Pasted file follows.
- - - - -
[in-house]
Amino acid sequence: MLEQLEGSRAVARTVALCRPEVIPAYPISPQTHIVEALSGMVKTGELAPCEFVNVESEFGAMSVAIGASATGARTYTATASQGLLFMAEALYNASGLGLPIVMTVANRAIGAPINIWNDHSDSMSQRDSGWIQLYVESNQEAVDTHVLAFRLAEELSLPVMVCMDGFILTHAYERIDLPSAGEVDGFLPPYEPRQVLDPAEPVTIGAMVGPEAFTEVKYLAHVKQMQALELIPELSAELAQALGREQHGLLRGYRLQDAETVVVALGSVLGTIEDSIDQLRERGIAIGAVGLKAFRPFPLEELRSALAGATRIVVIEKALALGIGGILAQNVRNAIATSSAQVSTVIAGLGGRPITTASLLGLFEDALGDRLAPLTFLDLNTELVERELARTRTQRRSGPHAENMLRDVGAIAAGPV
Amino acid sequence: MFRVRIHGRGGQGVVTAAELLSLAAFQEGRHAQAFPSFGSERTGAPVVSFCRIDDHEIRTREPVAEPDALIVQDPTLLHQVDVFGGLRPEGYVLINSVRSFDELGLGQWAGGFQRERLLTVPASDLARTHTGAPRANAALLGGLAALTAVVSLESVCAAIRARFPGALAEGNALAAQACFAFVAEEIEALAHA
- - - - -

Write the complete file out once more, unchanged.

[in-house]
Amino acid sequence: MLEQLEGSRAVARTVALCRPEVIPAYPISPQTHIVEALSGMVKTGELAPCEFVNVESEFGAMSVAIGASATGARTYTATASQGLLFMAEALYNASGLGLPIVMTVANRAIGAPINIWNDHSDSMSQRDSGWIQLYVESNQEAVDTHVLAFRLAEELSLPVMVCMDGFILTHAYERIDLPSAGEVDGFLPPYEPRQVLDPAEPVTIGAMVGPEAFTEVKYLAHVKQMQALELIPELSAELAQALGREQHGLLRGYRLQDAETVVVALGSVLGTIEDSIDQLRERGIAIGAVGLKAFRPFPLEELRSALAGATRIVVIEKALALGIGGILAQNVRNAIATSSAQVSTVIAGLGGRPITTASLLGLFEDALGDRLAPLTFLDLNTELVERELARTRTQRRSGPHAENMLRDVGAIAAGPV
Amino acid sequence: MFRVRIHGRGGQGVVTAAELLSLAAFQEGRHAQAFPSFGSERTGAPVVSFCRIDDHEIRTREPVAEPDALIVQDPTLLHQVDVFGGLRPEGYVLINSVRSFDELGLGQWAGGFQRERLLTVPASDLARTHTGAPRANAALLGGLAALTAVVSLESVCAAIRARFPGALAEGNALAAQACFAFVAEEIEALAHA